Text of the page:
The biggest message though was the importance of diversity and the power of digital, plus the potential of both to shake up adland in the future.
Daniele Fiandaca, founder of Mutant and co-founder of Creative Social, said: "Diversity is one of the biggest challenges facing the advertising industry because at the moment we just don’t represent the people we target."
David Davies, Cannes Lions’ MD of content, echoed the need for diversity, pointing out a study that shows only 2% of ads portray women as intelligent and 3% as leaders.
As evidence for the diversity of thought approach, outgoing M&C Saatchi creative director Sam Ball cited an experimental project he ran to try to convince young men to buy "box-fresh Converse trainers". The project pulled together a large external group including a poet, an investment baker, an athlete, a data analyst, a hairdresser, a science student and a "professional adventurer" and produced what he acknowledged to be some of the best ideas he’d seen.
"Be open to the ideas of those who know much less than you and who may really know much more," he stressed. "The future belongs to the agencies that inject diversity of thought into their people and their processes. And the most extraordinary ideas aren’t in you, they’re all around you."
Davies meanwhile focused on technology as well as diversity, highlighting the impact of new technology as he said, "VR will become the most social of social media." He said that VR tech is having an impact both on creativity and on consumers. "This stuff is happening and will be consumer-available," Davies said, adding that one speaker from Sony PlayStation at Cannes said the brand is expecting to sell half a million VR units this year.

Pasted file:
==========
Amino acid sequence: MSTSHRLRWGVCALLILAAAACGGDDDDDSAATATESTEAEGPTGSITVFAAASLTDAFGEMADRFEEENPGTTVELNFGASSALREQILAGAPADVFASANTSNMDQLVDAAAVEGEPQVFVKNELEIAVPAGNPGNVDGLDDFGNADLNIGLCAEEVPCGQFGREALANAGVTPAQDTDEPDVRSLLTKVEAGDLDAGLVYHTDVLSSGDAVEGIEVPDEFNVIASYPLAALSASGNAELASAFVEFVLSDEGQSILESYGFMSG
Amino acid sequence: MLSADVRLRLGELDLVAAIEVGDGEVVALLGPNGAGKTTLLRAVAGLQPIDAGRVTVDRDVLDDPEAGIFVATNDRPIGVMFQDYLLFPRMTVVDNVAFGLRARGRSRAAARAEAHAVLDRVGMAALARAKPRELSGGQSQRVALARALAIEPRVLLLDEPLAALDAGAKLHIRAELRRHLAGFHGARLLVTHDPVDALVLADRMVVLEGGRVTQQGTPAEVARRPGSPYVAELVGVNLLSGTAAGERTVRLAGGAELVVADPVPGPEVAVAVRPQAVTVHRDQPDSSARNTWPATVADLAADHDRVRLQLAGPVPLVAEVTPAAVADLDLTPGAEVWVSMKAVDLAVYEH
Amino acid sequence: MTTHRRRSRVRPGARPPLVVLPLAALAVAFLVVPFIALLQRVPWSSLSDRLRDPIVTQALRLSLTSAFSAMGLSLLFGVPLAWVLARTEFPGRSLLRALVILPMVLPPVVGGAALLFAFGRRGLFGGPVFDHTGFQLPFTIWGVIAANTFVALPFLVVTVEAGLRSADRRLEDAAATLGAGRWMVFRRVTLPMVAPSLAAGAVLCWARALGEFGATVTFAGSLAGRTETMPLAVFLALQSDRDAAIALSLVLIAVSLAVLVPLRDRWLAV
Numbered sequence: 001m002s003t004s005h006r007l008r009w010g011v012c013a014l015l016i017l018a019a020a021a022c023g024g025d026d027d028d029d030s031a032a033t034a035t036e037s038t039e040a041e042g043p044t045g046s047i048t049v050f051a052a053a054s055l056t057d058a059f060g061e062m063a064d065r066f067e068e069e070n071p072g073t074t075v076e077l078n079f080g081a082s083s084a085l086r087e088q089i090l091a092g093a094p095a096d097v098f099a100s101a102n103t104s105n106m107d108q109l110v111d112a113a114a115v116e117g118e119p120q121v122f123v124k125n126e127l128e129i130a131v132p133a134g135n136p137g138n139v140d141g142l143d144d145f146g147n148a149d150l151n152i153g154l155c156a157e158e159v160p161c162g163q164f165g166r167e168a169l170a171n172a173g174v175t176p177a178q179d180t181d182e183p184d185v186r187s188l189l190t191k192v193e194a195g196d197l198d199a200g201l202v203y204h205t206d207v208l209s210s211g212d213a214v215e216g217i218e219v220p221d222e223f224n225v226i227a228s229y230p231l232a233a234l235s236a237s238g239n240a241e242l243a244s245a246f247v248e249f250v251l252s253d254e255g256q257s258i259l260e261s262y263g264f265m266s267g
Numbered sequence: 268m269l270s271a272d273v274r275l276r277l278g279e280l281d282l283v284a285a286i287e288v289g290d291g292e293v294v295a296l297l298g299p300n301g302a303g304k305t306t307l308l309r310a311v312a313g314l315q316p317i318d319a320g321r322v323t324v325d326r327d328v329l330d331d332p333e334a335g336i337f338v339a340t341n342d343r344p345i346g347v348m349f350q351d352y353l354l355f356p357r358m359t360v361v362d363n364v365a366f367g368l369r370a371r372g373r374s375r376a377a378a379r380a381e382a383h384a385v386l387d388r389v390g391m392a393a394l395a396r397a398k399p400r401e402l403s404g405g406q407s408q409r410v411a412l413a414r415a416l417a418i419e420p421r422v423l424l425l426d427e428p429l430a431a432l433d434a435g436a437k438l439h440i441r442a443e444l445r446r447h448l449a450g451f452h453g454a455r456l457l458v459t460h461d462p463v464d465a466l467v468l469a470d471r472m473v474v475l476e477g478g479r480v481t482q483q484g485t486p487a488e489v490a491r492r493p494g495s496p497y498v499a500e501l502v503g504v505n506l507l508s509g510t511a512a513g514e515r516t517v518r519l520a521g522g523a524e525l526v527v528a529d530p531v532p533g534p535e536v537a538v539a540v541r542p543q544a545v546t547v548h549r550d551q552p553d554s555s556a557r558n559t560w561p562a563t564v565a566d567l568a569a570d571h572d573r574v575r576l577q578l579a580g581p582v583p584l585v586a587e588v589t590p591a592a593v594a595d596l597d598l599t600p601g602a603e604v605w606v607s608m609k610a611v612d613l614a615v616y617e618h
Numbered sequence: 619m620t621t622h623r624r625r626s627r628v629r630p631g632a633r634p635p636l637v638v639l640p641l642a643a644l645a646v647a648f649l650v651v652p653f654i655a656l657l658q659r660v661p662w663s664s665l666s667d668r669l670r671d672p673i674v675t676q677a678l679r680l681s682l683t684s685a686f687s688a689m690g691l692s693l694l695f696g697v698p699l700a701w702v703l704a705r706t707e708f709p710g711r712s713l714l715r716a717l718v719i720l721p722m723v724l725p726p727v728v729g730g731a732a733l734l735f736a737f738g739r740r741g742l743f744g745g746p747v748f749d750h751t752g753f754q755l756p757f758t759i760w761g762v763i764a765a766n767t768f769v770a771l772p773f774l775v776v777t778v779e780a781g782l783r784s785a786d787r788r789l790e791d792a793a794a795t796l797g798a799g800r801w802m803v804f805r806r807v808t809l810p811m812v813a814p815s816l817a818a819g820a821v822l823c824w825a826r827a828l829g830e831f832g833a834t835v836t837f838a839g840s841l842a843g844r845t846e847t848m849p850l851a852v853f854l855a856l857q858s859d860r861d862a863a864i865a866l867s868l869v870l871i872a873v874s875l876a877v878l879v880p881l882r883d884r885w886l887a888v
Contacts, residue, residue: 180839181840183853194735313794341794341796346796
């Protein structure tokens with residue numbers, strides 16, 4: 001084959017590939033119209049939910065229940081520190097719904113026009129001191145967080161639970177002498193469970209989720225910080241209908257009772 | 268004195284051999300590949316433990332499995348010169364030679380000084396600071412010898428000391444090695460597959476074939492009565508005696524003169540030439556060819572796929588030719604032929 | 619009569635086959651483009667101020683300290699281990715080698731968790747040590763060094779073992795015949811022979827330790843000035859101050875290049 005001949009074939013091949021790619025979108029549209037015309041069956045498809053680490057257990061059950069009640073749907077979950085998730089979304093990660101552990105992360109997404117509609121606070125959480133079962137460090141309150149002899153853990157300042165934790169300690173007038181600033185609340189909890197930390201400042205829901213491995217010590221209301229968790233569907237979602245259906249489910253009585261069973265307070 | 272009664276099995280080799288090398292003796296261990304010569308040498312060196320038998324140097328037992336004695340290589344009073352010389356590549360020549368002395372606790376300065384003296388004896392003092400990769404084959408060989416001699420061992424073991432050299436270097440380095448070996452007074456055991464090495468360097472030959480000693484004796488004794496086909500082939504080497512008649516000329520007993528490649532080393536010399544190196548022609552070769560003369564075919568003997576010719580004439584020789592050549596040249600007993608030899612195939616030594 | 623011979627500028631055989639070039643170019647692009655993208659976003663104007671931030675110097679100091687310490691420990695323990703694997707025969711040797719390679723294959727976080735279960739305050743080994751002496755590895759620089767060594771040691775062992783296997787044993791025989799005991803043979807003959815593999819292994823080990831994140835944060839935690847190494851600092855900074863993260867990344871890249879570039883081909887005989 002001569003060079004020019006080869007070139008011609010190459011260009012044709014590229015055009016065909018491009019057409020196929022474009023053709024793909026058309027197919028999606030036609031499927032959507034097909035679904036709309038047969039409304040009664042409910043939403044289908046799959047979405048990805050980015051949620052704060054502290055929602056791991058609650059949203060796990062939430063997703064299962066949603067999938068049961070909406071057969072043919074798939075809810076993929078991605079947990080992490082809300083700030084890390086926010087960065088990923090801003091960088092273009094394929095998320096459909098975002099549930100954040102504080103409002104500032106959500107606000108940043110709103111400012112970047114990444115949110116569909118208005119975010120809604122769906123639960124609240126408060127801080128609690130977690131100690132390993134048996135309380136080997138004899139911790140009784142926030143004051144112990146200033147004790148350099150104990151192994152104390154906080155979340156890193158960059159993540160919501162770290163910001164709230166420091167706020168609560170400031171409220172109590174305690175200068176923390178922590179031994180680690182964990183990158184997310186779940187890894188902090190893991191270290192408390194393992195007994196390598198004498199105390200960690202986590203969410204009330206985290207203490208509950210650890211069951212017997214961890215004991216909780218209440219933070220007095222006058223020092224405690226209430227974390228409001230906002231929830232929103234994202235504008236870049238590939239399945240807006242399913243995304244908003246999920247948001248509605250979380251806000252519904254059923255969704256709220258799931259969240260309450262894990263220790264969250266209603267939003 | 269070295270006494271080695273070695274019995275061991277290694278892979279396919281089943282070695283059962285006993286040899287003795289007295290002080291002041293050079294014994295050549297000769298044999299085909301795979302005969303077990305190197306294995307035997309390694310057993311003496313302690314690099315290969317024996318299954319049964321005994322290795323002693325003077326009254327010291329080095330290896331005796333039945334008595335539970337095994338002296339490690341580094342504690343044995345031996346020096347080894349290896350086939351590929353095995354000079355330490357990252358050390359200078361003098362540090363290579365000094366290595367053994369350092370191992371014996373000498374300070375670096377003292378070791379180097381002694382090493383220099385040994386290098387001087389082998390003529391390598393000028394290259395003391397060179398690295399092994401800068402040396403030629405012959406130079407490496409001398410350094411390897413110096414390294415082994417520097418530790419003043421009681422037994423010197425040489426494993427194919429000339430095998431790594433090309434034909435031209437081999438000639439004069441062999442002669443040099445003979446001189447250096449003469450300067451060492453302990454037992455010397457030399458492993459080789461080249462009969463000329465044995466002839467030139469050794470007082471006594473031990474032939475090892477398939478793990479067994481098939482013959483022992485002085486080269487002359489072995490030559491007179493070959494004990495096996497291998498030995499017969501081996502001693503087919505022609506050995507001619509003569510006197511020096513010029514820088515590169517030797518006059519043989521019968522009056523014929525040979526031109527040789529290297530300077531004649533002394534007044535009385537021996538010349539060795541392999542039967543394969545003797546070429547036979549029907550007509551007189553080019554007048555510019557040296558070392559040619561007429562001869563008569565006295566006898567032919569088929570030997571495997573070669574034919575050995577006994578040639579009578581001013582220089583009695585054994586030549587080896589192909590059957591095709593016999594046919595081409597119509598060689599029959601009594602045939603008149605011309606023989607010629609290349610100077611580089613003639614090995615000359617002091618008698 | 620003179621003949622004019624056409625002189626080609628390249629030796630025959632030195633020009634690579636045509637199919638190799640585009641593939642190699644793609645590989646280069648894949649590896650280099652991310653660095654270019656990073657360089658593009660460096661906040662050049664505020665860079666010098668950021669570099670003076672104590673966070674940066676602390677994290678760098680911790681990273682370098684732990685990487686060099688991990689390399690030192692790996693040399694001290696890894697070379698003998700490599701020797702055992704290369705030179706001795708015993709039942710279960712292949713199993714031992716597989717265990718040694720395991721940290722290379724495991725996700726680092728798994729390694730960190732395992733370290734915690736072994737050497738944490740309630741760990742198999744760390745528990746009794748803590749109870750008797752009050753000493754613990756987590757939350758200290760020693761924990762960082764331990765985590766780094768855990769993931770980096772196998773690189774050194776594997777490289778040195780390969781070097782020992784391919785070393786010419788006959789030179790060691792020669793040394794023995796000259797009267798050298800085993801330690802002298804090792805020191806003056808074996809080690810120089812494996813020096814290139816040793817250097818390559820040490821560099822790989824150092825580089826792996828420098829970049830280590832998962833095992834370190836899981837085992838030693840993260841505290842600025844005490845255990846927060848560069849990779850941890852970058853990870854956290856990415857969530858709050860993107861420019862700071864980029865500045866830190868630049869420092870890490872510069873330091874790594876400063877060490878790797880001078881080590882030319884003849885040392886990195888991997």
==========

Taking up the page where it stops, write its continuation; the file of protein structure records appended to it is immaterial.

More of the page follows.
Demonstrating just what VR can do beyond the traditional approach of gaming, Davies showed a film of painkiller brand Excedrin’s powerful migraine simulator VR unit. It allows the friends and family of migraine sufferers to experience what the sufferer goes through during a migraine attack and helps non-sufferers to better understand the condition.
One VR initiative Davies showed drew the strongest audience response last night. It was a film of Lockheed Martin’s "Field trip to Mars". Billed as "the first group VR experience" with "no headsets," it featured a group of school kids being taken on what they thought was a regular field trip. Instead, the school bus was tech-enabled so to the kids looking out of the windows, it appeared as if they were on Mars. If they turned a corner in the real world, they turned a corner on Mars too.
Taking the digital theme further, MediaMonks founder Wesley Ter Haar reviewed the winners in the Digital Craft category and pointed to the increasing visibility of digital at Cannes but how there is still work to be done.
"We’re not cyber and it shows in the Grand Prix winners," he said, adding that he is "hoping for a [Grand Prix] UX/UI winner in 2017…. that is where Cannes will really open up the festival."
Talking about digital craft he said "UI, UX and functional design are the categories that are exciting to me when you talk about digital craft. They’re future heroes – but not quite yet."
He praised the combination of creativity, innovation and craft shown by Lions winners including Because Music’s Because Recollection, Google Chrome Music Lab and Falter Inferno, the latter of which he said showed "every little detail polished to perfection. It was an eye-opener about how good digital can be if you put that effort into everything."
Of Because Recollections’ work he said, "it shows that way forward. It’s the kind of work that is works perfectly on mobile."